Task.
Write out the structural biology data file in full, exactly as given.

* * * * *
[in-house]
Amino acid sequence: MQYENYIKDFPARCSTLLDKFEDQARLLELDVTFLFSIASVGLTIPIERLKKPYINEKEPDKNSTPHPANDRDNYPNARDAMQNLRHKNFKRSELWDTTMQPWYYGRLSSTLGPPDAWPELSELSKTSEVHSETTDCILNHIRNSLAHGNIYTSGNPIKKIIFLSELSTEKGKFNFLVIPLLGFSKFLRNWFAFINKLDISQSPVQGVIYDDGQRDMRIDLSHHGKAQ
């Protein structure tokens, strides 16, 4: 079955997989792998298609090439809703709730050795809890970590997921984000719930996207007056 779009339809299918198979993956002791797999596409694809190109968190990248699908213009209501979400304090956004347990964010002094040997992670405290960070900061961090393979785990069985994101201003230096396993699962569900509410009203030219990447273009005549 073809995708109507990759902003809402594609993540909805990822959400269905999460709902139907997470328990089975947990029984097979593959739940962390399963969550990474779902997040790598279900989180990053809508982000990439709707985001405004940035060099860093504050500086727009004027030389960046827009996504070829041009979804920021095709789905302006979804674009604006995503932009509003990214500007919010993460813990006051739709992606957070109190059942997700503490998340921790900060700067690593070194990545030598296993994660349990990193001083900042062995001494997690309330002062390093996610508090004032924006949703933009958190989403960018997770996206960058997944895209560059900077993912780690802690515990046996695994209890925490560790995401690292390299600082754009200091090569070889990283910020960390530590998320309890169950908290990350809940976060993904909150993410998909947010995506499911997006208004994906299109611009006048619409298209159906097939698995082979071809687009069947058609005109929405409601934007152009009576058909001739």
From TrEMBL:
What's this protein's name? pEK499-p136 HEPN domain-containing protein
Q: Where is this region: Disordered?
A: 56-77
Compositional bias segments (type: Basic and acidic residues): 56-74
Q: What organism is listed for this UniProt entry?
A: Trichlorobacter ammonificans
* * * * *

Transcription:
[in-house]
Amino acid sequence: MQYENYIKDFPARCSTLLDKFEDQARLLELDVTFLFSIASVGLTIPIERLKKPYINEKEPDKNSTPHPANDRDNYPNARDAMQNLRHKNFKRSELWDTTMQPWYYGRLSSTLGPPDAWPELSELSKTSEVHSETTDCILNHIRNSLAHGNIYTSGNPIKKIIFLSELSTEKGKFNFLVIPLLGFSKFLRNWFAFINKLDISQSPVQGVIYDDGQRDMRIDLSHHGKAQ
């Protein structure tokens, strides 16, 4: 079955997989792998298609090439809703709730050795809890970590997921984000719930996207007056 779009339809299918198979993956002791797999596409694809190109968190990248699908213009209501979400304090956004347990964010002094040997992670405290960070900061961090393979785990069985994101201003230096396993699962569900509410009203030219990447273009005549 073809995708109507990759902003809402594609993540909805990822959400269905999460709902139907997470328990089975947990029984097979593959739940962390399963969550990474779902997040790598279900989180990053809508982000990439709707985001405004940035060099860093504050500086727009004027030389960046827009996504070829041009979804920021095709789905302006979804674009604006995503932009509003990214500007919010993460813990006051739709992606957070109190059942997700503490998340921790900060700067690593070194990545030598296993994660349990990193001083900042062995001494997690309330002062390093996610508090004032924006949703933009958190989403960018997770996206960058997944895209560059900077993912780690802690515990046996695994209890925490560790995401690292390299600082754009200091090569070889990283910020960390530590998320309890169950908290990350809940976060993904909150993410998909947010995506499911997006208004994906299109611009006048619409298209159906097939698995082979071809687009069947058609005109929405409601934007152009009576058909001739």
From TrEMBL:
What's this protein's name? pEK499-p136 HEPN domain-containing protein
Q: Where is this region: Disordered?
A: 56-77
Compositional bias segments (type: Basic and acidic residues): 56-74
Q: What organism is listed for this UniProt entry?
A: Trichlorobacter ammonificans